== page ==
We'll say that Yaweh's problem is that the Antagonist is asking him to do evilish things on the grounds of those things will make him happy, and this is particular to Yaweh because his personaily forbids him from refusing the request, making for an interesting story.
It's not enough for your character to be the only one, or at least the one most capable, of solving the story's problem, they also need to have the motivation to solve it. Intellegent beings don't do anything without proper motivation; children would not get out of bed in the morning of they didn't have to go to school.
Yaweh's motivation happens to be the same as why his problem is particular to him, but feel free to experiment with these two elements in your own creative way!
If your Protagonist is an absloute saint with no bad habits or unpretty sides to their personality, they will become unrealistic, which means your readers will be unable to relate to the character. When readers fail to see part of themselves in the main character of a book they're reading, their intrest in the book wears out pretty quickly.
On the conrary, if your character is completely evil, it will be hard for readers to root for the characters sucess, resulting in the same problem as before.
The key to a sucsesful character is finding a heathly balance in between positive and negative traits. For example, Yaweh's positive traits are that he is kind and always helpful, but his negative traits are that he can't stick up for himself and he can be driven to extream measures quite easily.
There are two main types of Antagonists:
An External Antagonist is simply the main conflict of the story in phisical form. This could mean a couple of different things.
This is the classic 'Bad Guy' villan, driven by pure negative impulses. A popular example of this is Voldemort of the Harry Potter Series
This type of Antagonists starts out as someone the Protagonist trusts and becomes a point of conflict somewhere before the end of the story. This happens in Heathers when J.D., who was originally Veronica's troubled-but-sweet boyfriend, tried to blow the school up at the end of the movie because the students were mean and he didn't think he should have to deal with them.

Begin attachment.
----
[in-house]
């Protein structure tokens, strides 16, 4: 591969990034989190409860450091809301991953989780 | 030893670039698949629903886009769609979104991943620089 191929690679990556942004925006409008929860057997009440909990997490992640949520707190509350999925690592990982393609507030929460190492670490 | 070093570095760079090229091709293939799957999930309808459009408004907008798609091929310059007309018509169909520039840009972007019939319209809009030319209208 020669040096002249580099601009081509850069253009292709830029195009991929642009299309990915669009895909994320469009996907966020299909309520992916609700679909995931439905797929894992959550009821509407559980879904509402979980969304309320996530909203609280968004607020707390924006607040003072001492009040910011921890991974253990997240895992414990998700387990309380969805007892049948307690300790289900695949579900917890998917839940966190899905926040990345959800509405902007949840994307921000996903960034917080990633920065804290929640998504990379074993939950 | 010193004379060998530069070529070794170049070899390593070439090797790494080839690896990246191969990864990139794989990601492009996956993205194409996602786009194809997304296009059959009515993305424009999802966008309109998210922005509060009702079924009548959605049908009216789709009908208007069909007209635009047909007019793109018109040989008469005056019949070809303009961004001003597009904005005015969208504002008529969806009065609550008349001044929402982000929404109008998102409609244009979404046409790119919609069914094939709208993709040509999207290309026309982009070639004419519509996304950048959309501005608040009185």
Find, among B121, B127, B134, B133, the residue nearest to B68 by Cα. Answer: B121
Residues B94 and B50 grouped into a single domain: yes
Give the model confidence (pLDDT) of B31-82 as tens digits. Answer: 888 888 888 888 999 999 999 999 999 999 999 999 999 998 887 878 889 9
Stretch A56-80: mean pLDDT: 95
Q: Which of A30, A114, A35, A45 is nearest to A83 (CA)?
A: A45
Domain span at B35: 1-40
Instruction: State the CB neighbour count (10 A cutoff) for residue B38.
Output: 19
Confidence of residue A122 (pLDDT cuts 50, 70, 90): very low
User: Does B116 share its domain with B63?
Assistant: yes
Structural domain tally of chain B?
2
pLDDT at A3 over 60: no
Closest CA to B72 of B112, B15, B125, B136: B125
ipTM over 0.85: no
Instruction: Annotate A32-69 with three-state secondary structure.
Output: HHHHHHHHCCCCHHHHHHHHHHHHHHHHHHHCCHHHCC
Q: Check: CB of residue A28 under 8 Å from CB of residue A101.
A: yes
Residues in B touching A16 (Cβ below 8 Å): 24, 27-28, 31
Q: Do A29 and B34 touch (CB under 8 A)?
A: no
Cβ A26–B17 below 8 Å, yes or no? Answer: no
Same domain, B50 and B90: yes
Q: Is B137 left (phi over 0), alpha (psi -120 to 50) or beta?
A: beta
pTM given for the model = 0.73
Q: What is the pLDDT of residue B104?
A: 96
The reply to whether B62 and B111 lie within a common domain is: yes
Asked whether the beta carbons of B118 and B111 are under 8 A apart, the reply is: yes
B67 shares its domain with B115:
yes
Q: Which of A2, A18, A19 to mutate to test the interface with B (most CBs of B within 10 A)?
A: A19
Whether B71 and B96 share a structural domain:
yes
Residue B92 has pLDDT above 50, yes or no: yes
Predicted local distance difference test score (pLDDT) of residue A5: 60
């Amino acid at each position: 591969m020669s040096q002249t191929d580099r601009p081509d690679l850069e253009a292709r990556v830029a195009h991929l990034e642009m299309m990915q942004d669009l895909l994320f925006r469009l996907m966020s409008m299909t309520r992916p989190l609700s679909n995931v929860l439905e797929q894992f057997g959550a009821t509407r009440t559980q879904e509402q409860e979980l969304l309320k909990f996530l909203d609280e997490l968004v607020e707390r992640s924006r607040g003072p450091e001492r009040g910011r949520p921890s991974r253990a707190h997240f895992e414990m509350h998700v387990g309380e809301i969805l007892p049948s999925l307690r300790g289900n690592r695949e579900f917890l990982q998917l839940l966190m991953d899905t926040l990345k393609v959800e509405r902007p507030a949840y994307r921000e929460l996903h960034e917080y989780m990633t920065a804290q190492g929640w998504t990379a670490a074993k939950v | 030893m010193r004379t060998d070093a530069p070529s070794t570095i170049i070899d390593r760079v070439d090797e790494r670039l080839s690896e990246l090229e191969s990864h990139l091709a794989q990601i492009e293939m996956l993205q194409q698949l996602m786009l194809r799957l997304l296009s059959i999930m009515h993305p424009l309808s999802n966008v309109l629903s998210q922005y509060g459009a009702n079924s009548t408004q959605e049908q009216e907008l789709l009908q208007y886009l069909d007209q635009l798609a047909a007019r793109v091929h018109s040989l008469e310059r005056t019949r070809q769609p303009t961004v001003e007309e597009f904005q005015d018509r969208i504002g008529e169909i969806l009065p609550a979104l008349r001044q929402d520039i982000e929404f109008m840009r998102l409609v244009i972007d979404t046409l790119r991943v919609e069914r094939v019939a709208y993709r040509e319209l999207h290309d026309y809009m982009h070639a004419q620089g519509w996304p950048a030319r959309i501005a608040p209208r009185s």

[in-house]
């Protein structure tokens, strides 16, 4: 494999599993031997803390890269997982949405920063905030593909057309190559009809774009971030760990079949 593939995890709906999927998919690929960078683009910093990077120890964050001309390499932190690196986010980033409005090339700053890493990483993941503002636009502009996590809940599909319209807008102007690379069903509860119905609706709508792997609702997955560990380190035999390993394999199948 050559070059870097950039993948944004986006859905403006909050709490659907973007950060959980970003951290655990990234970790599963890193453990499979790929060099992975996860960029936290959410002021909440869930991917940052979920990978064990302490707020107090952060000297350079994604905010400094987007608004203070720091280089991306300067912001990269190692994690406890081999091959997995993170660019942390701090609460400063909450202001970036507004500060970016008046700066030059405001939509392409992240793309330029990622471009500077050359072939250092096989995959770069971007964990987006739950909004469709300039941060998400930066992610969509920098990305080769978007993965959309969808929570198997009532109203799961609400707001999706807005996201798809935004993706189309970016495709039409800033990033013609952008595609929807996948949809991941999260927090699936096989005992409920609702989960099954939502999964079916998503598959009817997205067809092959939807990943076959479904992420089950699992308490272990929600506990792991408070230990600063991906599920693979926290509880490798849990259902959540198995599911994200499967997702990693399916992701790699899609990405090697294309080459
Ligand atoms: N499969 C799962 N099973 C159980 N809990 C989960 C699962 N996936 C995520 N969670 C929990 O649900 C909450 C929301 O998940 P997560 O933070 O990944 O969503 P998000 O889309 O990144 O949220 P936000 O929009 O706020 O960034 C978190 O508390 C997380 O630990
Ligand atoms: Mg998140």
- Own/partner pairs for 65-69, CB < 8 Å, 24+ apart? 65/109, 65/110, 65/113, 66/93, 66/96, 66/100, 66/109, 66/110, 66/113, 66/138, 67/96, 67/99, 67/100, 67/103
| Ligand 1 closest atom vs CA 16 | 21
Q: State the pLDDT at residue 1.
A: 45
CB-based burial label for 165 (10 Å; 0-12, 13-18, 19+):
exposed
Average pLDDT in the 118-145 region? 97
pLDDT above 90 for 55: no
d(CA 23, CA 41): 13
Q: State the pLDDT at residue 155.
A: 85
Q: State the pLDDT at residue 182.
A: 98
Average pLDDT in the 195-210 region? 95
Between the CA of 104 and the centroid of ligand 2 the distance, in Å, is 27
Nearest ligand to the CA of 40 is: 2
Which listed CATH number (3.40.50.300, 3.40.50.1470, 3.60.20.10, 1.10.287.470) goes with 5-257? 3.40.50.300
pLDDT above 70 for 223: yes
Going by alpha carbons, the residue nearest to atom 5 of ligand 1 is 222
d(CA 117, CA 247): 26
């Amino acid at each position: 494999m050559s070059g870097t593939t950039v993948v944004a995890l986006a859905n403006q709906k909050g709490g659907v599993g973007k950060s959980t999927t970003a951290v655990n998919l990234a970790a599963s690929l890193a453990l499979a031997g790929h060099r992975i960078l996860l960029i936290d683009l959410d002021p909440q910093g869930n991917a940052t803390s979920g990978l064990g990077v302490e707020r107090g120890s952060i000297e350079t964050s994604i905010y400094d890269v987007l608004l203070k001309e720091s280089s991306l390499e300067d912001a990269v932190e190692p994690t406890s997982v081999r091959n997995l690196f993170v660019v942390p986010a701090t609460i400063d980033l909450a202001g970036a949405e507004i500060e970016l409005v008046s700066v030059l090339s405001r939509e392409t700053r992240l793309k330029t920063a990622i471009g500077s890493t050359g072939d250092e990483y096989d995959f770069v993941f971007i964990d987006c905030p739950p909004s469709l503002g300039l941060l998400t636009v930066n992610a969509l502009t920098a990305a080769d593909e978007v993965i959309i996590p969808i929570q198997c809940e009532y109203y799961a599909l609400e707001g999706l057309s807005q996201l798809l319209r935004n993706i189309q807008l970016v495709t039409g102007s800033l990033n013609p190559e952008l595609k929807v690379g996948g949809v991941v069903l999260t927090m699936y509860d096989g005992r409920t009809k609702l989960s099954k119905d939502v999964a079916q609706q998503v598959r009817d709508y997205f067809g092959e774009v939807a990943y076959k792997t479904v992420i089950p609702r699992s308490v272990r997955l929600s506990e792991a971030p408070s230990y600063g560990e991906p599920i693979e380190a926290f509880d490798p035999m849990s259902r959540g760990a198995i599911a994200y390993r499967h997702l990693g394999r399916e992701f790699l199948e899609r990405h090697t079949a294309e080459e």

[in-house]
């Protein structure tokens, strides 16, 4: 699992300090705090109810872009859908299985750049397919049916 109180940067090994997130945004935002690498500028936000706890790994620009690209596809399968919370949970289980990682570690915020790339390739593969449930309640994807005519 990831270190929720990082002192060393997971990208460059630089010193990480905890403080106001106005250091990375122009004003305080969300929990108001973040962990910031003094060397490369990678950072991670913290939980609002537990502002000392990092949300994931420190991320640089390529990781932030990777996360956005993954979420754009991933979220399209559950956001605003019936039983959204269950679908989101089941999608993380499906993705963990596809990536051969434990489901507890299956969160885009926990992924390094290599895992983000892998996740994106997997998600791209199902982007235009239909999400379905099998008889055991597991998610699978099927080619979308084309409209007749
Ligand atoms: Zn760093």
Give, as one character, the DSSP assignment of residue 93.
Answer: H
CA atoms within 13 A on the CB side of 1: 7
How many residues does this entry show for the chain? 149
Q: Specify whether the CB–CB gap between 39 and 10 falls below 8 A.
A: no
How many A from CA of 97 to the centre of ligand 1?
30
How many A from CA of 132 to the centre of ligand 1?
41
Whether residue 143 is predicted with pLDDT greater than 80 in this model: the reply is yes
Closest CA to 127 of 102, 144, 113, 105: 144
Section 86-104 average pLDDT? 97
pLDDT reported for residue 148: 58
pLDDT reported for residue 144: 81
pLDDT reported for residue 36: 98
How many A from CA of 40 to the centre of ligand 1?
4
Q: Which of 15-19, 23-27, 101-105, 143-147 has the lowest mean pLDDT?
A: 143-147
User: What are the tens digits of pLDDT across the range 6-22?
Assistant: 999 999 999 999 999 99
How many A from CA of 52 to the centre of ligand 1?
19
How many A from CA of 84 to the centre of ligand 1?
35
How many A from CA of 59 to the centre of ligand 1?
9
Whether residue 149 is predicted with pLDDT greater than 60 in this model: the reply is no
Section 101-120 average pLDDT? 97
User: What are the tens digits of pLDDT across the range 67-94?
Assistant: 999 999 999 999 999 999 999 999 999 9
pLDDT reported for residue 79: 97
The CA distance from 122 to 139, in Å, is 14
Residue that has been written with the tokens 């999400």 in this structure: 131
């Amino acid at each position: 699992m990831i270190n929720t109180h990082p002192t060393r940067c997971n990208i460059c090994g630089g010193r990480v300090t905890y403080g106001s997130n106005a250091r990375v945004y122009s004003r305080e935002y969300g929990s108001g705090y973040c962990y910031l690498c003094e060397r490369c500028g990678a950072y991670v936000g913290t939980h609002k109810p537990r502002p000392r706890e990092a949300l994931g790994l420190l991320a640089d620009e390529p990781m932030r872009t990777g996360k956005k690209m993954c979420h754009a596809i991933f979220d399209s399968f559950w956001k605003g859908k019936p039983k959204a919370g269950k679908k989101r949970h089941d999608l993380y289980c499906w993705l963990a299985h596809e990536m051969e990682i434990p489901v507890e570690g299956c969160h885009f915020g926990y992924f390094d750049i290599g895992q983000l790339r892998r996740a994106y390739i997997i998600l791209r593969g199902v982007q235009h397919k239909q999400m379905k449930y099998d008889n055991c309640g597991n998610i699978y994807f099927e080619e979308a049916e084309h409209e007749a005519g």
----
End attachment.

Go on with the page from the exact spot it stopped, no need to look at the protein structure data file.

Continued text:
When someone in a position of power decides to make things difficult for someone else below them, they're called an Intervening Authority. This could range anywhere from Allie's mom in the Notebook who hid Noah's letters from her daughter because she believed she could do better, to the Capitol in The Hunger Games who forced twenty-four children to fight to the death each year because they could make them do whatever they wanted them to and they found it amusing.
Forces of Nature don't need a reason to be evil, they just are. Good examples of this are the Tornado in The Wizard of Oz and the shark in Jaws
While External Antagonists are phyisical beings, Internal Antagonists can not be seen. It could be a characters own mind, keeping him from being happy with what if's, or money issues, or even cancer.
It is common for a story to have a Mavolent Villan as the main conflict, and then a few Internal Antagonists rolled in for subplots, so don't limit yourself to one source of pain for your characters!
Minor characters are all the characters that are not the Protagonists or the Antagonists. It is possible to avoid them, such as was done in Cast Away , but it may result in your novel being used to put people to sleep rather than keep them up all night flipping through the pages at lightning speed.
If I can give you one piece of advice for creating Minor Characters, it's this: Minor Characters have no idea that that's what they are. Even if they're not the hero of the story your telling, they are the hero of theirs, so make sure to get to know them as well as you know your Main Characters.